In grammar, a ditransitive verb is a verb which takes a subject and two objects (normally a direct object and an indirect object). Some examples of ditransitive verbs include:

  • He gave Mary ten dollars.
  • He passed Paul the ball.
  • Jean read him the book.
  • She is baking him a cake.
  • You made me a liar

Which can be written:

  • He gave ten dollars to Mary
  • He passed the ball to Paul
  • Jean read the book to him
  • She is baking a cake for him
  • You made a liar of me

In some cases the first form sounds wrong or at least unusual:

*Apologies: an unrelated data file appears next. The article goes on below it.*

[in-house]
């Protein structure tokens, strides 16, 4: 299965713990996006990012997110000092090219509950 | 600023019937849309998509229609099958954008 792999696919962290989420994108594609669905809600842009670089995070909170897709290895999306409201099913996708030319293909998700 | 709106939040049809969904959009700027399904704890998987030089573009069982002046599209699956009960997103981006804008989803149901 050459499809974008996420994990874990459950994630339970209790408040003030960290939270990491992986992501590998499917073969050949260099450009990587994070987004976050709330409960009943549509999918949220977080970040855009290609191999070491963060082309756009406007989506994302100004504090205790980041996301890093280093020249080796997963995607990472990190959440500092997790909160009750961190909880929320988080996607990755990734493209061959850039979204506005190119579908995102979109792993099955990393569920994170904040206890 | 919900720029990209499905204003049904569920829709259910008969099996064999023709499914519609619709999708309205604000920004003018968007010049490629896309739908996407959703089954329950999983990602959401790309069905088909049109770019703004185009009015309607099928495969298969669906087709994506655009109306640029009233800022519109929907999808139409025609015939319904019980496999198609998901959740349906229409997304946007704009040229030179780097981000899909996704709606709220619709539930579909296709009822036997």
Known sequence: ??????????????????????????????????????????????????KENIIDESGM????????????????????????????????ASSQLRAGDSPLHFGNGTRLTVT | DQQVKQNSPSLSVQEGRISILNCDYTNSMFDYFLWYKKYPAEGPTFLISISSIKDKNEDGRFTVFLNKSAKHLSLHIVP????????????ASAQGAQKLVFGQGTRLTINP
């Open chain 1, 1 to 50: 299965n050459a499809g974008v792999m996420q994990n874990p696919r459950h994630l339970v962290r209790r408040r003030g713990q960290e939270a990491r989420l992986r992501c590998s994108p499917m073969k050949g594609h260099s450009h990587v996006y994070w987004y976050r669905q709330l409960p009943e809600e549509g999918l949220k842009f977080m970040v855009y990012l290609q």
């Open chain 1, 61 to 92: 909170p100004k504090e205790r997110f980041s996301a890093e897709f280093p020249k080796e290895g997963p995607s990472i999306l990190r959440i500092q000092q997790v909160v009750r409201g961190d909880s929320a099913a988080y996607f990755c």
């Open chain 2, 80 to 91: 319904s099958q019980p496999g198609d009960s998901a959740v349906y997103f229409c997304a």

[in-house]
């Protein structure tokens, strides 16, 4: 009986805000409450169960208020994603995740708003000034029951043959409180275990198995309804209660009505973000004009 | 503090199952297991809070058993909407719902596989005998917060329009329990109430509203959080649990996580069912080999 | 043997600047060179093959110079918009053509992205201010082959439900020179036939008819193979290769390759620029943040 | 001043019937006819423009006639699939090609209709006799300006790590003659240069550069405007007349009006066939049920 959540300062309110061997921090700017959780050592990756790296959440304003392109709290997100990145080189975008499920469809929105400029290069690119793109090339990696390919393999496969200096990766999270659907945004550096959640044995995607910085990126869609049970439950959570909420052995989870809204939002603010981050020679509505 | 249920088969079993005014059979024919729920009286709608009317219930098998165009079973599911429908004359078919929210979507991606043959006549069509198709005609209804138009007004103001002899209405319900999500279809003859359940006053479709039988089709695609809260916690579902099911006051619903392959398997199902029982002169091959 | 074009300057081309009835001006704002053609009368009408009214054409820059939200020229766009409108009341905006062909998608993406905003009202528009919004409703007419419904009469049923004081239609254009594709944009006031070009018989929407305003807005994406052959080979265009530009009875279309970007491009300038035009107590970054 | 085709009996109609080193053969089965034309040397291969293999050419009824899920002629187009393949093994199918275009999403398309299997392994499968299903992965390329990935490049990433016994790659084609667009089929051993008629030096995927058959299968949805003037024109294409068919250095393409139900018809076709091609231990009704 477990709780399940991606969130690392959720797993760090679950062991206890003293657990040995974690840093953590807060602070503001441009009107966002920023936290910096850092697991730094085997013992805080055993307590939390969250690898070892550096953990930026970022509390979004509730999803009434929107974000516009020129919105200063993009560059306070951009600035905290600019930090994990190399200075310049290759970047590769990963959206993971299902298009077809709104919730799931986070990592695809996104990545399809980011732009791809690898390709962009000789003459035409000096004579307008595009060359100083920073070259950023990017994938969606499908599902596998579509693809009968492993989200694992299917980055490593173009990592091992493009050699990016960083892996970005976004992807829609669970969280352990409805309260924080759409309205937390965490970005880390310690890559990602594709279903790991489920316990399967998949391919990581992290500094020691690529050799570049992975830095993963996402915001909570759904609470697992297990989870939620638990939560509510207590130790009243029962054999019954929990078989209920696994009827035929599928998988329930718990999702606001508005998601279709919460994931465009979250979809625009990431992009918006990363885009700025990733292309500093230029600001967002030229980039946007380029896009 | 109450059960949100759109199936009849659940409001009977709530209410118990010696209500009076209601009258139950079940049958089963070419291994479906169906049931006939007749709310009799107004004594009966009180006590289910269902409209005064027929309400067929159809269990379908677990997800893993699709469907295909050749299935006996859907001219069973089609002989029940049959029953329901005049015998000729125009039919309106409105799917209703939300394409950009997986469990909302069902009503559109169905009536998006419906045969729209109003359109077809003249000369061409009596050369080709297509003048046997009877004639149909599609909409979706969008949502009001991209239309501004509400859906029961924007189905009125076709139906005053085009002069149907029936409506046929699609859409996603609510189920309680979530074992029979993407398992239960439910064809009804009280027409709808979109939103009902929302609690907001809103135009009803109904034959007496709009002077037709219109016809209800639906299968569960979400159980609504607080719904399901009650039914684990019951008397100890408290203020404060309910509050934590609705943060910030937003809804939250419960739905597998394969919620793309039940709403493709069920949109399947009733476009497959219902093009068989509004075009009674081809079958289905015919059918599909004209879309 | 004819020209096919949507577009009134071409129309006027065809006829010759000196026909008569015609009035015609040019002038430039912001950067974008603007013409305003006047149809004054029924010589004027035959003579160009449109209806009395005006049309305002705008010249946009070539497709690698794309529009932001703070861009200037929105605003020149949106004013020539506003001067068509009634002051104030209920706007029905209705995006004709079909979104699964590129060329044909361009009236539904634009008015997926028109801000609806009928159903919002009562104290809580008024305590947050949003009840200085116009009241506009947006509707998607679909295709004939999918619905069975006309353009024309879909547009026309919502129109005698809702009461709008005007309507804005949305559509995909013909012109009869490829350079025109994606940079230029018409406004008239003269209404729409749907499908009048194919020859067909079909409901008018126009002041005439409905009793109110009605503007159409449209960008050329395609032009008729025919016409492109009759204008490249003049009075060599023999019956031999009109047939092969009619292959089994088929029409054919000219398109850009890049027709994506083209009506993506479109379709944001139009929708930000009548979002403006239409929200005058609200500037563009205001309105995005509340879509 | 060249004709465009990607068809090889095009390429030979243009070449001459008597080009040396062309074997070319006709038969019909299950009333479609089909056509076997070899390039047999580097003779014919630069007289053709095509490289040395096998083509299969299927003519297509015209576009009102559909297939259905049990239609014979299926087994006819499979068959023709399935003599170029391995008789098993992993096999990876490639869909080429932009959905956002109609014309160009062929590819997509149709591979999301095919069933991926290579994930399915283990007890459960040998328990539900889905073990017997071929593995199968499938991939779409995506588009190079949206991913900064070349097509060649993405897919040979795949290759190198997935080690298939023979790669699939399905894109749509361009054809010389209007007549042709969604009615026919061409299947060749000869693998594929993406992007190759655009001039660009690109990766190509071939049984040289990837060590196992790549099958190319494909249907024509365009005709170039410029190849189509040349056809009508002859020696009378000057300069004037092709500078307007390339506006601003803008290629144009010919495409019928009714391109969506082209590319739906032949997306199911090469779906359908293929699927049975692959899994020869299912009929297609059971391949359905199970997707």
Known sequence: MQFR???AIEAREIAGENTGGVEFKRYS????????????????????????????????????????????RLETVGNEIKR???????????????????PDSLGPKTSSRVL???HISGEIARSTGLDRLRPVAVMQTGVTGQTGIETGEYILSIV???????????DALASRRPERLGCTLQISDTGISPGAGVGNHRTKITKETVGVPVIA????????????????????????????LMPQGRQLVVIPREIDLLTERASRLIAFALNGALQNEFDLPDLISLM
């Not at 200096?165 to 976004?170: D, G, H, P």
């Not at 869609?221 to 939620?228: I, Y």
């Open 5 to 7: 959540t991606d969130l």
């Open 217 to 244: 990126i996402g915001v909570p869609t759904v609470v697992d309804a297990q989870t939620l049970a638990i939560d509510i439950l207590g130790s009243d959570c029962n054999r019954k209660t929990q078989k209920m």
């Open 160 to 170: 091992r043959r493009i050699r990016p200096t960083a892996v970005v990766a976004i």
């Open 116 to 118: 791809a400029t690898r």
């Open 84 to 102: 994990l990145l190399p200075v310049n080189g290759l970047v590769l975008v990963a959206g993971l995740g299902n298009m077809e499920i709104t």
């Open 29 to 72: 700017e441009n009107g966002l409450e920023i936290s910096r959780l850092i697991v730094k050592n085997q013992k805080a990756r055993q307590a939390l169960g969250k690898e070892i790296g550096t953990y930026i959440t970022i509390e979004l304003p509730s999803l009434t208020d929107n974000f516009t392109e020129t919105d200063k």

• He gave me it vs He gave it to me
  • I reported you the problem vs I reported the problem to you
  • We reported the police the crime vs We reported the crime to the police

And in some cases the second form sounds wrong:

  • Give me a chance vs Give a chance to me
  • Let's catch us some fish vs Let's catch some fish for us

Most of these rules may seem to be quite arbitrary and are learnt only instinctively by native speakers.

See also transitive and intransitive.